She stands slowly, hearing the scrape of the chair sliding back on the tile floor. As she raises her head and looks around the room, she isn’t really comforted by the somber, yet encouraging faces, waiting for her to speak. After taking a deep breath, she says: “My name is a.b., and I have debt.”
I am revisiting this quote, because I want to be upfront regarding the frugal tips and personal finance information I post. This isn’t a hobby for me; this is necessity. Through the years, I, and then dear hubby and I, have acquired student loans, car loan, credit cards, and personal loan. There are so many times we have looked back and thought, “if we’d only known.”
If we’d only known about meal planning and grocery shopping, we would have saved hundreds of dollars a month during our first two years of marriage. Now, we base our meal plans around what’s on sale, and stock up with really good deals. We went out to eat at least five times a week for the first six months we were married (usually fast food). I figure that cost us about $300/month alone.
In hindsight, you never need a car loan. This is where I really feel dumb because I did this twice. When we first got married, our transportation costs were running $750/month for a Dodge Dakota, between payment, insurance, and gas. The real foolishness was we lived within walking distance of work, and would’ve spent less just renting a car when we needed, or selling the Dodge and saving for four months to buy a little beater. It was a relief to get out from under that expense. However, three years later, (also known as enough time to forget), we ended up with a car loan again. (In all fairness we weren’t near our work, and the public transportation was ridiculous.) I ended up getting a larger loan than I wanted to because the bank had a minimum loan amount and minimum year for car loans. If I had started saving earlier, or even taken out a smaller loan (like a personal loan or Prosper loan), I would’ve gotten an older car like I wanted, and spent far less.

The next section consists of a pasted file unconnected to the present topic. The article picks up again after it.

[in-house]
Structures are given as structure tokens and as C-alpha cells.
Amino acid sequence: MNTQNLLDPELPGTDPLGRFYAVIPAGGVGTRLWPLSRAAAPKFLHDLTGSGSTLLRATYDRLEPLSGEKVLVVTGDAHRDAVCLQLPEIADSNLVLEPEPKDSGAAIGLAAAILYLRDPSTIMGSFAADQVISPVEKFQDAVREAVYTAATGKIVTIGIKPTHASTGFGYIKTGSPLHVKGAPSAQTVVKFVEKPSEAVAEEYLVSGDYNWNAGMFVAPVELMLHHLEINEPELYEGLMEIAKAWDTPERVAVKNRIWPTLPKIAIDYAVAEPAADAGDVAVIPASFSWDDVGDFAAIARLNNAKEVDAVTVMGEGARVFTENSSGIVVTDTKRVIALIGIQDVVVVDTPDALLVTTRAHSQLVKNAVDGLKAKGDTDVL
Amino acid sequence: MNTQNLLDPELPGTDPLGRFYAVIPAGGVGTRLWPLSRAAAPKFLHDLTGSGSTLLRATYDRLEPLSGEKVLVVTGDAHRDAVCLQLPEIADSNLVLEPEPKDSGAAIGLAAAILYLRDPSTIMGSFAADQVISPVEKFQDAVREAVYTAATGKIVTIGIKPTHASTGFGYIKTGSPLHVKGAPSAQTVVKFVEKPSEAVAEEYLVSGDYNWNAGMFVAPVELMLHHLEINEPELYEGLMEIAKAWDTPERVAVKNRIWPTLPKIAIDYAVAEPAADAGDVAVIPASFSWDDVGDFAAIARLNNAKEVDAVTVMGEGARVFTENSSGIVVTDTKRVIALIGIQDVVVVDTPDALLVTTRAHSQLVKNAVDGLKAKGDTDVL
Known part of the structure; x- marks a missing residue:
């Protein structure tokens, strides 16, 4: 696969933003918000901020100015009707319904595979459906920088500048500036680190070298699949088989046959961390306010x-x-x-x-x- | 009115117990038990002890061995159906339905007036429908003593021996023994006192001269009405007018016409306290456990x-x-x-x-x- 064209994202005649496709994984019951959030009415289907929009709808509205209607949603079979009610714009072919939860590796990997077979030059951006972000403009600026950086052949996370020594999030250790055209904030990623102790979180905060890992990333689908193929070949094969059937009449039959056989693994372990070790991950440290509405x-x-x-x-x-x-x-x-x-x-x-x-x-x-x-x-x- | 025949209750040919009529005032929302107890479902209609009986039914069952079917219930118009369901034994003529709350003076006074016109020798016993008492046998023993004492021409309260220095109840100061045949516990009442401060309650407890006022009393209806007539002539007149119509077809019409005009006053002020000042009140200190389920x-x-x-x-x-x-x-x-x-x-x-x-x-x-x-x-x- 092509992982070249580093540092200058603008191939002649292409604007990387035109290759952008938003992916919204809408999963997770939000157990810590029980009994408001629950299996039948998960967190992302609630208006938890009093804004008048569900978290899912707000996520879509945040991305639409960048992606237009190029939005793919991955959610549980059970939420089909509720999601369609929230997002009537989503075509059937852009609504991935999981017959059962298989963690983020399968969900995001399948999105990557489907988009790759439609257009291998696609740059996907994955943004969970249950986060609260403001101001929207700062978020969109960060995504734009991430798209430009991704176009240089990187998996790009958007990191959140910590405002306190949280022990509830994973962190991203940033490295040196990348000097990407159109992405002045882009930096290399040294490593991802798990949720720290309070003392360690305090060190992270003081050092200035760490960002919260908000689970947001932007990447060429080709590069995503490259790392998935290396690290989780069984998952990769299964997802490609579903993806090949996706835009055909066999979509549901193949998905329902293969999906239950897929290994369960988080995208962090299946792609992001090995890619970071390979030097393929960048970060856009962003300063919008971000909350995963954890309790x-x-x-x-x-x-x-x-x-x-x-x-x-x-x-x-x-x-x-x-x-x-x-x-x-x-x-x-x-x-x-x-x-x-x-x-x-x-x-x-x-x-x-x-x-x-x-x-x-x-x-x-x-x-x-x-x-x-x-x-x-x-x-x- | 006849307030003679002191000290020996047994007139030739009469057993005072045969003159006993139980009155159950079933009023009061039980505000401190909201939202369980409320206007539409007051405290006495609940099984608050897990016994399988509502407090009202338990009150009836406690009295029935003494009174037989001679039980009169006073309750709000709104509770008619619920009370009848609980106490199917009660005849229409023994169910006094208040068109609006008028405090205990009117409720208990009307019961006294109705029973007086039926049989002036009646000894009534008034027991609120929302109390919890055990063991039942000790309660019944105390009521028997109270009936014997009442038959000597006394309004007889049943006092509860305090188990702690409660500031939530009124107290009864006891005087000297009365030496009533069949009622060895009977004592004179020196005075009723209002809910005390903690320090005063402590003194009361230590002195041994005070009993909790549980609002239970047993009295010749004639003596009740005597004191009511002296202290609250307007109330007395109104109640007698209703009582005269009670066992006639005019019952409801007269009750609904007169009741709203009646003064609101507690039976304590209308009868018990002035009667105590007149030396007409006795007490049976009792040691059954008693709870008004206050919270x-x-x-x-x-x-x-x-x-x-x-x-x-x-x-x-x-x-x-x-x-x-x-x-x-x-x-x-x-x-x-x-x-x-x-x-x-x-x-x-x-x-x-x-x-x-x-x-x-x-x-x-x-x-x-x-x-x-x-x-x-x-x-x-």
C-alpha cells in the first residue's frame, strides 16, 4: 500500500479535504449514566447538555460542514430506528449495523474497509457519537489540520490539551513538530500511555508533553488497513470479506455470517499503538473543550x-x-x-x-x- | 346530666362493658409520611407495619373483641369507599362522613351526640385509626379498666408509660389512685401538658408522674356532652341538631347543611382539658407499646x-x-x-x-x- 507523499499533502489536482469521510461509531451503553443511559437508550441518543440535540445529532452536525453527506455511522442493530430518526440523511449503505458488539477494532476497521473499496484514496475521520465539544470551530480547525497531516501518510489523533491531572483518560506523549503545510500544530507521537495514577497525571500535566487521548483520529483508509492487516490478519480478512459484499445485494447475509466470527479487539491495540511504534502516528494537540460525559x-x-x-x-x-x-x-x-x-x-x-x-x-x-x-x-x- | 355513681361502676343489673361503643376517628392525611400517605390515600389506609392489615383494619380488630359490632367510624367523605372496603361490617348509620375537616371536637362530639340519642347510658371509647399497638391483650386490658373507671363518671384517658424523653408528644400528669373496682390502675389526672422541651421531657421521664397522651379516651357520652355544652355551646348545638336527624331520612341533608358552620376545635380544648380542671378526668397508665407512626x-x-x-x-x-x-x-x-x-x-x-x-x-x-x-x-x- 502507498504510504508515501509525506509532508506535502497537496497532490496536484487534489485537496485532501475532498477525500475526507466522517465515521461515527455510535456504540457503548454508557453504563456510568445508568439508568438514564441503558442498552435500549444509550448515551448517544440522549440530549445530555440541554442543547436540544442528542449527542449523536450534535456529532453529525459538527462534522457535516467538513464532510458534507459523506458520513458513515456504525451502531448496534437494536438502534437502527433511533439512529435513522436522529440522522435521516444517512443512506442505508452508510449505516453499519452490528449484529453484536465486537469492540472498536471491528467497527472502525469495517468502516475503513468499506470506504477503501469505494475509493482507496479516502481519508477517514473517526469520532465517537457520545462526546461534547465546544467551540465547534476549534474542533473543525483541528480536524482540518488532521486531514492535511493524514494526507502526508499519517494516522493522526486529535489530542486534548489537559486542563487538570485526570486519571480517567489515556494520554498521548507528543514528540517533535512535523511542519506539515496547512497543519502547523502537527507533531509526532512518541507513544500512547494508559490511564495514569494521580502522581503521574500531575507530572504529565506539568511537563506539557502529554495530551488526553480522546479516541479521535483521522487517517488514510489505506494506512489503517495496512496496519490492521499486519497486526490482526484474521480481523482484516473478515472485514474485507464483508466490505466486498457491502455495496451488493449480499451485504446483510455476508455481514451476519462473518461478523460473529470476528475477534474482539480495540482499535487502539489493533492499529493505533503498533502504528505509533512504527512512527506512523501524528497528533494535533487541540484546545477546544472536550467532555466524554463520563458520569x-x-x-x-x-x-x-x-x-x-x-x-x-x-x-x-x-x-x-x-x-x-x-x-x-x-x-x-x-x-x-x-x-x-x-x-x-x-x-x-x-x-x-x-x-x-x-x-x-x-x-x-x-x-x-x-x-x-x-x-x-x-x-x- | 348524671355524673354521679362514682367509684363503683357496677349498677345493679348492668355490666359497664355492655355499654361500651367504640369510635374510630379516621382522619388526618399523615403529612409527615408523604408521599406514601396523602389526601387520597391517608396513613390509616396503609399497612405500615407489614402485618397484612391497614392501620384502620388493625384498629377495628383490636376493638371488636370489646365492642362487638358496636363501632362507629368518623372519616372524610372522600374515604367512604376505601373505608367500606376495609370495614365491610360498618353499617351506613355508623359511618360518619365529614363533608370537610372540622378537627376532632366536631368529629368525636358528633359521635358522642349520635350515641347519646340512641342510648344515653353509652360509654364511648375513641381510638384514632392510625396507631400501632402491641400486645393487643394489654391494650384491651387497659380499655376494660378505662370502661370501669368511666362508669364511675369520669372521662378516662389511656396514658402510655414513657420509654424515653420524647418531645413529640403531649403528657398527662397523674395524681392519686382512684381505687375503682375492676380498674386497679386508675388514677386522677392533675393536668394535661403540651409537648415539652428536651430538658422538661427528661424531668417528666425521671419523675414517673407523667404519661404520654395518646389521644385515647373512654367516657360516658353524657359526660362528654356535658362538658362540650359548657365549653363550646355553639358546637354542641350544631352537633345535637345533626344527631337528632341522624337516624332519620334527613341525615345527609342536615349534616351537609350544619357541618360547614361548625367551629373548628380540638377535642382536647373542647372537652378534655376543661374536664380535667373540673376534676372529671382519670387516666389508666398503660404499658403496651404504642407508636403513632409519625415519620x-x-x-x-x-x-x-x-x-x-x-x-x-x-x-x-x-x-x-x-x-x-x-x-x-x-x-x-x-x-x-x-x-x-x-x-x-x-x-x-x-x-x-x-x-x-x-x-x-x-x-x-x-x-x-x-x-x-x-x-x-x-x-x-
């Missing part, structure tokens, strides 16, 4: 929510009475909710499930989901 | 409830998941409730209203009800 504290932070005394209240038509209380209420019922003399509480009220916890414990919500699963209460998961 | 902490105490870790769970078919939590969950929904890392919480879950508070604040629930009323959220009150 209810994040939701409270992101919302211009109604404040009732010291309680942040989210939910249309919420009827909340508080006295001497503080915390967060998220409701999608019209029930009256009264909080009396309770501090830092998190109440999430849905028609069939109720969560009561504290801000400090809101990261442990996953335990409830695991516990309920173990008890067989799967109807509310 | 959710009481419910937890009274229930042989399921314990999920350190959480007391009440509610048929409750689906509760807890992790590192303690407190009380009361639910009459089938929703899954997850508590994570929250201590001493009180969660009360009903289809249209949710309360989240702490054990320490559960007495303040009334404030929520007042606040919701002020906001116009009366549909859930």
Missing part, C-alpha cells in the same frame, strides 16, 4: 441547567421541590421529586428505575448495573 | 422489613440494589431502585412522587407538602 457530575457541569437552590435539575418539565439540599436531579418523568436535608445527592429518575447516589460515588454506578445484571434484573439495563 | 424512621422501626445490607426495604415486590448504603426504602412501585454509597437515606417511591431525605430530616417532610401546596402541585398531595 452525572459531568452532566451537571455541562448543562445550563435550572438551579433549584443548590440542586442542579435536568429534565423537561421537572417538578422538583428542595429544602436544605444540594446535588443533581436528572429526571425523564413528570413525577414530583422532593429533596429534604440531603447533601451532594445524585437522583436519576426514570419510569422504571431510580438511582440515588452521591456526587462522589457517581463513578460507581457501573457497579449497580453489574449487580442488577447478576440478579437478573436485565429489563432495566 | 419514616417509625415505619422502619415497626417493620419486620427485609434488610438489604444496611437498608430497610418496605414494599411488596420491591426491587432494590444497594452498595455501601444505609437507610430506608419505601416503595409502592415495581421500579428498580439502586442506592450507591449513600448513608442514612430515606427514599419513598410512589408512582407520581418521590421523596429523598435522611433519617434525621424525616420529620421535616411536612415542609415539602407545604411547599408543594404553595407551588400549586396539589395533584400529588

Lastly, I wish we’d given more consideration before going to school. We took on excess student loans to the tune of $7000 for university that we did not finish. In the end, we found that vocational school with an occupational skill was a better fit, but the previous tuition had already been paid.
By my calculations, if we’d known better, we wouldn’t have acquired at least $20,000 in debt, and would be greatly ahead in our savings. Frankly, we’re probably hard-headed enough that we had to learn the hard way, but it is much more difficult to make the right decisions from a negative financial position, than even a zero position. At least we know what to do now.